As a lifelong vegetarian since adulthood, I agree with the answers provided by others above.

But I think it's important to note that when you're being asked about your choice to not eat meat, that you're actually bumping into a social "norm" which is the de facto, well-established custom of unquestioningly eating meat. In other words, meat eaters simply can't wrap their heads around the fact that someone would actually choose to NOT eat meat.

When I'm asked, I simply say it's for ethical reasons and that usually either ends the conversation or the person asking is too confounded with my answer to push the issue further.

If I sense the person asking is sincere in their question and simply wants to learn more, I'm certainly willing to share my outlook without moralizing about why I don't eat meat.

Needles to say, people should be allowed to come to any decisions in this matter of their own accord and with out any 'proselytizing' from me. I just give them my views and thoughts and let them decide for themselves.


It may be easier if you use a lower status to opt out of chatting. If you spend time with someone who has never had a chance to discuss their daily routines, it is possible for them to say "I never learned to explain this." It is a simple method of explaining how troubling a conversation is. You can continue to reinforce the argument with statements of support.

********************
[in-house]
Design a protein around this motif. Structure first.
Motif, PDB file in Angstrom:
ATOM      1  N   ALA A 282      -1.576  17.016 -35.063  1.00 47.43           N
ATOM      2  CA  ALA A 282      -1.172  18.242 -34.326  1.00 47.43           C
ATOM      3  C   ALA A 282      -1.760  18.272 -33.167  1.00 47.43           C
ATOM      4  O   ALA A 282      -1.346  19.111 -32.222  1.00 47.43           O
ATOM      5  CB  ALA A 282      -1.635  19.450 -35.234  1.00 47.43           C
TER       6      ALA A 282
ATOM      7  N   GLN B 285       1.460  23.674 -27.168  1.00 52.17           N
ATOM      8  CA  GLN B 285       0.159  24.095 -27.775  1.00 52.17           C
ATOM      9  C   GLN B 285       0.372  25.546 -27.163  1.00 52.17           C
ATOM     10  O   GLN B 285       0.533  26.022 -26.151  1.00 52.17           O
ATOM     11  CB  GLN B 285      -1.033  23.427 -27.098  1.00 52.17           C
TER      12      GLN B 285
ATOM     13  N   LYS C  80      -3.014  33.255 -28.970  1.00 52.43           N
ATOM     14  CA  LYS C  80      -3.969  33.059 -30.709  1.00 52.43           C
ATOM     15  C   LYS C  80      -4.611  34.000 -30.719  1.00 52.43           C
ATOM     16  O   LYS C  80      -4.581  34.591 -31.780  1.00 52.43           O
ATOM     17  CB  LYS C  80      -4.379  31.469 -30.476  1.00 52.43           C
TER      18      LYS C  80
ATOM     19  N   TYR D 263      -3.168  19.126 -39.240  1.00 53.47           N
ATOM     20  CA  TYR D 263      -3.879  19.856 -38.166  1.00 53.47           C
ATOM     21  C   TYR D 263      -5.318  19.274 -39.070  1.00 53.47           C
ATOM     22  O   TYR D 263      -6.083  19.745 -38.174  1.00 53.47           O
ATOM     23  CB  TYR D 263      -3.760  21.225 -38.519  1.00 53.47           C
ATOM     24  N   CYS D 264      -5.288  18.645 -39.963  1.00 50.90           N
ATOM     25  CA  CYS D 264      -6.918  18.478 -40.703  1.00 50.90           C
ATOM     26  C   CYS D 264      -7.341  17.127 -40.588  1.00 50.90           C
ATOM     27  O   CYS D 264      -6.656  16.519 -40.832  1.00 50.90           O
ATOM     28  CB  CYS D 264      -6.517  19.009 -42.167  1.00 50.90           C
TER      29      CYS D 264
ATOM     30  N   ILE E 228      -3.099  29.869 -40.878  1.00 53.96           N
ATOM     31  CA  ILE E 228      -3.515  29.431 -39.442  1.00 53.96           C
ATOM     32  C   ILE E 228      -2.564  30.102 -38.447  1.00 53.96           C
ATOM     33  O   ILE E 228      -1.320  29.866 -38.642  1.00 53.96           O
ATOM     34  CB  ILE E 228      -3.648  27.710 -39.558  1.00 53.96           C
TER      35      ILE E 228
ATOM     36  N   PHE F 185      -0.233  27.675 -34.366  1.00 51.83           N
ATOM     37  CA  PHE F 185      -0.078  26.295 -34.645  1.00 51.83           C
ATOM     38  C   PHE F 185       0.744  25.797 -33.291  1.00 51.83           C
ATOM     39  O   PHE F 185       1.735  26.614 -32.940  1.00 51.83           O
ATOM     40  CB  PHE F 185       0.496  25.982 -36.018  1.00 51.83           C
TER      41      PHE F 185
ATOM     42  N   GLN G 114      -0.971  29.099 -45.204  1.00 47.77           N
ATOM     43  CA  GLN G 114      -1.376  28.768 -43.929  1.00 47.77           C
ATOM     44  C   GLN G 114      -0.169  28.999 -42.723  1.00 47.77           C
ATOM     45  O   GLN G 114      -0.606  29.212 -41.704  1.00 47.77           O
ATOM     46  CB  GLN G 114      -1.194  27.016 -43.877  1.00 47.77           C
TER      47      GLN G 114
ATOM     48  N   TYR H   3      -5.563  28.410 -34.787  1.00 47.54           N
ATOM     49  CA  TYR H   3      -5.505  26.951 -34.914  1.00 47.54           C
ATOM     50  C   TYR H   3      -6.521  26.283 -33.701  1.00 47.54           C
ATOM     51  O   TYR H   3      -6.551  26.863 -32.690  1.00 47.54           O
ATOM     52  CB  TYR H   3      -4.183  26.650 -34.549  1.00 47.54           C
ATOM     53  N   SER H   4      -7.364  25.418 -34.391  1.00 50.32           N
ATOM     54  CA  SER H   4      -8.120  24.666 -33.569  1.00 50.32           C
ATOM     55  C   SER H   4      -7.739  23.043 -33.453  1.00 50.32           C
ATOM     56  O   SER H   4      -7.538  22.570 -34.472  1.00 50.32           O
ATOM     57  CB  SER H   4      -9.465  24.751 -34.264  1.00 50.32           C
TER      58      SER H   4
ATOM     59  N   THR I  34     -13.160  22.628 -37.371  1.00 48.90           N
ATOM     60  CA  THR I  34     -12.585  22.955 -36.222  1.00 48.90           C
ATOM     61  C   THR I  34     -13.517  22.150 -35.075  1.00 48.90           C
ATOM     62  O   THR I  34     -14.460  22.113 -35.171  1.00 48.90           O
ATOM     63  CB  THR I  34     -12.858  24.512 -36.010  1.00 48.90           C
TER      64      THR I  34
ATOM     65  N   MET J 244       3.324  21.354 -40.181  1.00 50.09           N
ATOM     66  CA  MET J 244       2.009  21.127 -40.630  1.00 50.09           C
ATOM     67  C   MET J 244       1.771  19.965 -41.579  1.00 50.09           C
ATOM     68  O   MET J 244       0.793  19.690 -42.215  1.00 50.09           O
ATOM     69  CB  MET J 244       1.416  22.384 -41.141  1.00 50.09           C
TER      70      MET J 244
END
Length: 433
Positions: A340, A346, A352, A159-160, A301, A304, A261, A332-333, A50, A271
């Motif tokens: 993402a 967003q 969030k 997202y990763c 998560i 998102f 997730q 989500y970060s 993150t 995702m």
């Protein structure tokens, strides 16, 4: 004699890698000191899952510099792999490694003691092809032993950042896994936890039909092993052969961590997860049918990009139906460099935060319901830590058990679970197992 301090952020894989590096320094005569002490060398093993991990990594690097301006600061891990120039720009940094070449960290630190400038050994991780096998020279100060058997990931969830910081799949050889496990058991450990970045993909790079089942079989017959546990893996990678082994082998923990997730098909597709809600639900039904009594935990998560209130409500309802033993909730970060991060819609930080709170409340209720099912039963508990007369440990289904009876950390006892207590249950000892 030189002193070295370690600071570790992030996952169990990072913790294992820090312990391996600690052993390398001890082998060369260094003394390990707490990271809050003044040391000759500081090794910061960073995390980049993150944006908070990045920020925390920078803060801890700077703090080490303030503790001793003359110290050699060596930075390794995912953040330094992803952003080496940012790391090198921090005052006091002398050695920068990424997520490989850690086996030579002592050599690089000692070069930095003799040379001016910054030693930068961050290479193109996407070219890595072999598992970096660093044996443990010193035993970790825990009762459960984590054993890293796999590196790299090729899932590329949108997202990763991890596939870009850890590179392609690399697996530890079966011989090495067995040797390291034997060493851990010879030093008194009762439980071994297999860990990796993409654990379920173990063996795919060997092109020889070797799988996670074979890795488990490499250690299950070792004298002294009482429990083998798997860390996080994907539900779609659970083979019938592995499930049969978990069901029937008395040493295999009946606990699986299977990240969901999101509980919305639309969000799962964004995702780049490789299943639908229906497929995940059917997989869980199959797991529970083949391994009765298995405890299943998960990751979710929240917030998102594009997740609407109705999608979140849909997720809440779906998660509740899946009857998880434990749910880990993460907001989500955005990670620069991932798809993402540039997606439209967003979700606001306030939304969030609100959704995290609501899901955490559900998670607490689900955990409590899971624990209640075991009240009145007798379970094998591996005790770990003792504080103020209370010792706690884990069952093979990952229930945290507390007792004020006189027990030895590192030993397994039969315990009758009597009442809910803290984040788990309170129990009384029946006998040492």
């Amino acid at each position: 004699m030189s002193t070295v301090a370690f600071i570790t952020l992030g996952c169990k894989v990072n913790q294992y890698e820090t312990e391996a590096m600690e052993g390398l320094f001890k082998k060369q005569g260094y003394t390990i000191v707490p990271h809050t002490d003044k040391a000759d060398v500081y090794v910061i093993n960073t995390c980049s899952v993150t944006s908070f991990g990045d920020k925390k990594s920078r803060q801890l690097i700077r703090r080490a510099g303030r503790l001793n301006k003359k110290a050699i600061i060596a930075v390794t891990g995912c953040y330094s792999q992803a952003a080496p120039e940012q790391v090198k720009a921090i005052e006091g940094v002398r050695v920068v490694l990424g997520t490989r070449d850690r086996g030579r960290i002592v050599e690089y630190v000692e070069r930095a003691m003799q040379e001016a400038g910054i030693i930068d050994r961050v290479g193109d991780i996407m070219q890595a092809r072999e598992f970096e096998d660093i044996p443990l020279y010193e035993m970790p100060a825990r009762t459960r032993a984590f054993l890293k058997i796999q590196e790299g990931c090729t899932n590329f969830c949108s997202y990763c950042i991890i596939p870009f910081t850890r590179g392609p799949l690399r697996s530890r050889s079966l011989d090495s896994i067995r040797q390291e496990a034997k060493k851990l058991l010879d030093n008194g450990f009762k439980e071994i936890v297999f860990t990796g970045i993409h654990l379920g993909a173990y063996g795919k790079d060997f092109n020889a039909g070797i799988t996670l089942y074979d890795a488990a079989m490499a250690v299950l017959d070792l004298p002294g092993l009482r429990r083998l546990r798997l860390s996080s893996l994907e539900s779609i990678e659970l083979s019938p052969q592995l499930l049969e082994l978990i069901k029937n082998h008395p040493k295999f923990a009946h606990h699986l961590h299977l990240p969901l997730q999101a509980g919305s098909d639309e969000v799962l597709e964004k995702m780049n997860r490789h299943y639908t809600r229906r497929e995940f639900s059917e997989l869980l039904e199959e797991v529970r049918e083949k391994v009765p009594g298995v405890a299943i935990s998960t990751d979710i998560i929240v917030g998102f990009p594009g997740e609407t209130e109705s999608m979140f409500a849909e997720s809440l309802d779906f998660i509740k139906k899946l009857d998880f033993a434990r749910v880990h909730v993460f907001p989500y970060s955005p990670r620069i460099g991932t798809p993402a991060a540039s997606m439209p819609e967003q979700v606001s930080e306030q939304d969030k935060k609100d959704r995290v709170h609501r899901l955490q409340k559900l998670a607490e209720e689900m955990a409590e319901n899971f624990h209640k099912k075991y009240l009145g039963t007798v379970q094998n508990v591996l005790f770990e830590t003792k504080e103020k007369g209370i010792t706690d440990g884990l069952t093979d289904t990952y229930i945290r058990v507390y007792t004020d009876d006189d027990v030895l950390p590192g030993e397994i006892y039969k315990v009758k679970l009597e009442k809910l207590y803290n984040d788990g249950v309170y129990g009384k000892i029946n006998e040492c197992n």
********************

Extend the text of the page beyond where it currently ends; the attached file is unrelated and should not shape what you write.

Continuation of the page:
• I don't normally talk about it.
  • I don't get involved in outreach.
  • I couldn't debate this subject if I tried.
  • I leave the talking to other people.
  • I'm not the best person to talk to.
  • Talking about this is annoying and I don't feel good about it.
  • I don't know a way to summarize it.

A denial of qualification permits you to work to your strengths in telling people that you don't like being questioned. It's honest, and if they find that tiresome, that's their problem. At some point, you can call out any ongoing harassment. All you have said is that you want to avoid a controversial subject with the person. You have the right to abstain from any subject, and that has nothing to do with veganism. Etiquette requires that they drop it.

This practice also allows you to follow up if you are publicly addressed as "the vegan". You ask people not to identify your veganism because you don't want the subject mentioned simply to avoid discussing it. Again, the etiquette requires them to drop it. It won't stop everyone, but you can certainly tell when people are passive aggressive over the controversy surrounding veganism. If they hate veganism, and become enthusiastic about discussing it, then you have previously earned an opportunity to demand a way out of being their trapped audience.

And best of all, any ongoing discussion of your daily practices can be forced into the simpler category of "monkey see, monkey do". If they have an interest they will follow along with easy discussions about vegan things - not reasons.

One negative of this approach would be dinner conversations. Dinner conversations have the right to be about hobbies and food. It would be bad etiquette not to discuss a little about veganism and vegan food at a dinner party. Perhaps be ready to discuss it, and signpost the points that get into heavy controversy. I'd suggest getting in some practice before attending a holiday dinner with extended family.